A recent report, The Security Impact of HTTPS Interception [2], highlighted several security concerns with HTTPS inspection products and outlined survey results of these issues. Many HTTPS inspection products do not properly verify the certificate chain of the server before re-encrypting and forwarding client data, allowing the possibility of a MiTM attack. Furthermore, certificate-chain verification errors are infrequently forwarded to the client, leading a client to believe that operations were performed as intended with the correct server. This report provided a method to allow servers to detect clients that are having their traffic manipulated by HTTPS inspection products. The website badssl.com [3] is a resource where clients can verify whether their HTTPS inspection products are properly verifying certificate chains. Clients can also use this site to verify whether their HTTPS inspection products are enabling connections to websites that a browser or other client would otherwise reject. For example, an HTTPS inspection product may allow deprecated protocol versions or weak ciphers to be used between itself and a web server. Because client systems may connect to the HTTPS inspection product using strong cryptography, the user will be unaware of any weakness on the other side of the HTTPS inspection.

Impact

Because the HTTPS inspection product manages the protocols, ciphers, and certificate chain, the product must perform the necessary HTTPS validations. Failure to perform proper validation or adequately convey the validation status increases the probability that the client will fall victim to MiTM attacks by malicious third parties.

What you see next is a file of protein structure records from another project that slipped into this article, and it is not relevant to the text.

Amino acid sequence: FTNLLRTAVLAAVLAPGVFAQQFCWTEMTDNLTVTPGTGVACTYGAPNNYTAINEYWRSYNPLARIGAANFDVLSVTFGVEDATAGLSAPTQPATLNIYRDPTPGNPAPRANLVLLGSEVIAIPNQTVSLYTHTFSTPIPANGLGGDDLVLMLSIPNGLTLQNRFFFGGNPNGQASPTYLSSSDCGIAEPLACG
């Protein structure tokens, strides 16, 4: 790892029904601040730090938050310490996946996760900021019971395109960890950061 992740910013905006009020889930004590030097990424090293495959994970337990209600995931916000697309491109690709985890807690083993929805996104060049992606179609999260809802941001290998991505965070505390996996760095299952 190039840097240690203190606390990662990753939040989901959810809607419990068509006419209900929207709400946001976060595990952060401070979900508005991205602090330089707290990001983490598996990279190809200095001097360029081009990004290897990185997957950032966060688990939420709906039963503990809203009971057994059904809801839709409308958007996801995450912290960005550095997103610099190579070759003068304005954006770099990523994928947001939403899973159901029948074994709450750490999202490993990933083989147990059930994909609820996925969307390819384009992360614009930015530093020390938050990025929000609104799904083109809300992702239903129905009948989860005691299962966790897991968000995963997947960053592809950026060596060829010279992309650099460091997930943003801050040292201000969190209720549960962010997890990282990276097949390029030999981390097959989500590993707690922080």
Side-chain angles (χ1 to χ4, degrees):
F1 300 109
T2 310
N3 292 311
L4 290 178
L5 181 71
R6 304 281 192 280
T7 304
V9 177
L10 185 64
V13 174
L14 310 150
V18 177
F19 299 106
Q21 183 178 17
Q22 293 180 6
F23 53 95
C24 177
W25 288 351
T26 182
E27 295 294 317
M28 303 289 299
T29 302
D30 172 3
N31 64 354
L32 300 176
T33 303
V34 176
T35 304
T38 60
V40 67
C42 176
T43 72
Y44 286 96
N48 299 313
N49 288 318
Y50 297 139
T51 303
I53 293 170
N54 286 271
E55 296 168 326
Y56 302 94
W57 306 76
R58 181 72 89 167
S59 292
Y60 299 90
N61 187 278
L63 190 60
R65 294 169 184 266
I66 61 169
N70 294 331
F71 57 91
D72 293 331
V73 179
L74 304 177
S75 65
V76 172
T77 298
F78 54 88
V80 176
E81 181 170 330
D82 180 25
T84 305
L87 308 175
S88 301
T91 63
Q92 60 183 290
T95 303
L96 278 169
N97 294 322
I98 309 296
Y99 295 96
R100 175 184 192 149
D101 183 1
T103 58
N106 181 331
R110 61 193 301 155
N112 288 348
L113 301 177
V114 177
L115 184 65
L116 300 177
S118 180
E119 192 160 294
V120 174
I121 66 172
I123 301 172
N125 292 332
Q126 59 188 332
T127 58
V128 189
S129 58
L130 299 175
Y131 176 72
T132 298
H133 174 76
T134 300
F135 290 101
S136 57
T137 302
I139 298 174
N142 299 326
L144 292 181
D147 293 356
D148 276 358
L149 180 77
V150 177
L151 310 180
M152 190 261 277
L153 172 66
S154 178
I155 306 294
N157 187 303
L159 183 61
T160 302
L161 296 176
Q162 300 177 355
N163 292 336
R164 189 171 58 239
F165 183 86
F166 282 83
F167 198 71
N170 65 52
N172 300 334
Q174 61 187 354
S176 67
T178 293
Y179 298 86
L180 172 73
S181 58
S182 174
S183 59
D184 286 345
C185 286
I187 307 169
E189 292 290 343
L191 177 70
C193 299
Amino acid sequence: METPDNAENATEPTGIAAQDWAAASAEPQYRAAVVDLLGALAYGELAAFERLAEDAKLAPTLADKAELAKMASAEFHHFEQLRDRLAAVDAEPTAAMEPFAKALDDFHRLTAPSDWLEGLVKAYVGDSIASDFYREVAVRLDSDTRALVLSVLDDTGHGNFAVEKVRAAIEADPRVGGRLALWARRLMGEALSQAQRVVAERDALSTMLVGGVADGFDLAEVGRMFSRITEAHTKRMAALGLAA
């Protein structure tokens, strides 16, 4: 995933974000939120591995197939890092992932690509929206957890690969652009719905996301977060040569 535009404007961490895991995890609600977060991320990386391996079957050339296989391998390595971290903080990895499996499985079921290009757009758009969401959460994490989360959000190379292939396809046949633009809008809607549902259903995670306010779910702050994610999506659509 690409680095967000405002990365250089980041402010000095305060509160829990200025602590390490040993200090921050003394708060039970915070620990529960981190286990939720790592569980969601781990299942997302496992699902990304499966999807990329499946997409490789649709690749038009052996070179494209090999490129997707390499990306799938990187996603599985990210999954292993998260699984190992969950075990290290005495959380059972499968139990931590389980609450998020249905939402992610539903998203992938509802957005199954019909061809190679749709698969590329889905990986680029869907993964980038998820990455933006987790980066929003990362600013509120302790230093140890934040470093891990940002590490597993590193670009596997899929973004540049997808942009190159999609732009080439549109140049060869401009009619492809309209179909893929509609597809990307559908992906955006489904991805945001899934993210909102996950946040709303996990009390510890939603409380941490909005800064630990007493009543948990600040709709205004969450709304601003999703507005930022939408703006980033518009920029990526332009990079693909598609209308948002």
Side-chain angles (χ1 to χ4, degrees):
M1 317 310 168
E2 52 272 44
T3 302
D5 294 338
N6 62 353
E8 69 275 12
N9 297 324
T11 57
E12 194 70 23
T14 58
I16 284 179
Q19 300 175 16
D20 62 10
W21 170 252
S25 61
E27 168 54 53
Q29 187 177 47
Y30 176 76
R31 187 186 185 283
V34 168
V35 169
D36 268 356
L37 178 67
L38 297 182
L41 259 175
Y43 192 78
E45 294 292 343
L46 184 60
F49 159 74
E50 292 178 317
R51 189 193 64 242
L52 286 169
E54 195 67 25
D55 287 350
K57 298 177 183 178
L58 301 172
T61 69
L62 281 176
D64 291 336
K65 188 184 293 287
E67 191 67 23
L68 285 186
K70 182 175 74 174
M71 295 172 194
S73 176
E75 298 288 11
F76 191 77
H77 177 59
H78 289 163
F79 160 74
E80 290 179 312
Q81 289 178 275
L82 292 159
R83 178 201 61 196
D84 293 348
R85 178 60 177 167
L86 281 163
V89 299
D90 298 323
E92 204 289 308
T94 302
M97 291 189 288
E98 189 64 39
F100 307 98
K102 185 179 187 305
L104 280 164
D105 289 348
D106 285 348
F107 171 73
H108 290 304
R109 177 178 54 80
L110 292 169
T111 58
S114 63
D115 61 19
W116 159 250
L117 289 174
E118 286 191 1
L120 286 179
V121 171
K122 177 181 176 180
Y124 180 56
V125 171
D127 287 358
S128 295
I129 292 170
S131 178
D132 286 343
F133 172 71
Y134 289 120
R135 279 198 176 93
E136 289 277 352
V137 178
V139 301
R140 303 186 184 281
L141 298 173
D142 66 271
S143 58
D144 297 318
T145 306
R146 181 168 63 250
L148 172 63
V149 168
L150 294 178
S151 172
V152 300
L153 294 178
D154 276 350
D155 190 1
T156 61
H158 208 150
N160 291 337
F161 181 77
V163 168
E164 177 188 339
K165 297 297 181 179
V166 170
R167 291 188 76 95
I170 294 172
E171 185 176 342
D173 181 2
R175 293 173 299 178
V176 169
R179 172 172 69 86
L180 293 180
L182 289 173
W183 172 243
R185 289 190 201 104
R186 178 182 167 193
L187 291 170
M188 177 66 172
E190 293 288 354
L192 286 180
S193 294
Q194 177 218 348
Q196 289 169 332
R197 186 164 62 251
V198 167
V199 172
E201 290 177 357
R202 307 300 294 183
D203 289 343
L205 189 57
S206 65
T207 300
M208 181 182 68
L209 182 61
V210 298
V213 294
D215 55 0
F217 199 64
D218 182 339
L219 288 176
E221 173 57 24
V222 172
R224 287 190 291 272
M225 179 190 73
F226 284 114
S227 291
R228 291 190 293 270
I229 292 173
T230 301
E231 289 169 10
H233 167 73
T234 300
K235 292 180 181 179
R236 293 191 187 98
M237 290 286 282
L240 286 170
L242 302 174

Solution

Organizations using an HTTPS inspection product should verify that their product properly validates certificate chains and passes any warnings or errors to the client. A partial list of products that may be affected is available at The Risks of SSL Inspection [1]. Organizations may use badssl.com [3] as a method of determining if their preferred HTTPS inspection product properly validates certificates and prevents connections to sites using weak cryptography. At a minimum, if any of the tests in the Certificate section of badssl.com prevent a client with direct Internet access from connecting, those same clients should also refuse the connection when connected to the Internet by way of an HTTPS inspection product.

In general, organizations considering the use of HTTPS inspection should carefully consider the pros and cons of such products before implementing [1]. Organizations should also take other steps to secure end-to-end communications, as presented in US-CERT Alert TA15-120A [4].

Note: The U.S. Government does not endorse or support any particular product or vendor.

References

Revision History

  • March 16, 2017: intial post

This product is provided subject to this Notification and this Privacy & Use policy.

PetrWrap: the new Petya-based ransomware used in targeted attacks

This year we found a new family of ransomware used in targeted attacks against organizations. After penetrating an organization’s network the threat actors used the PsExec tool to install ransomware on all endpoints and servers in the organization. The next interesting fact about this ransomware is that the threat actors decided to use the well-known Petya ransomware to encrypt user data.

If Your iPhone is Stolen, These Guys May Try to iPhish You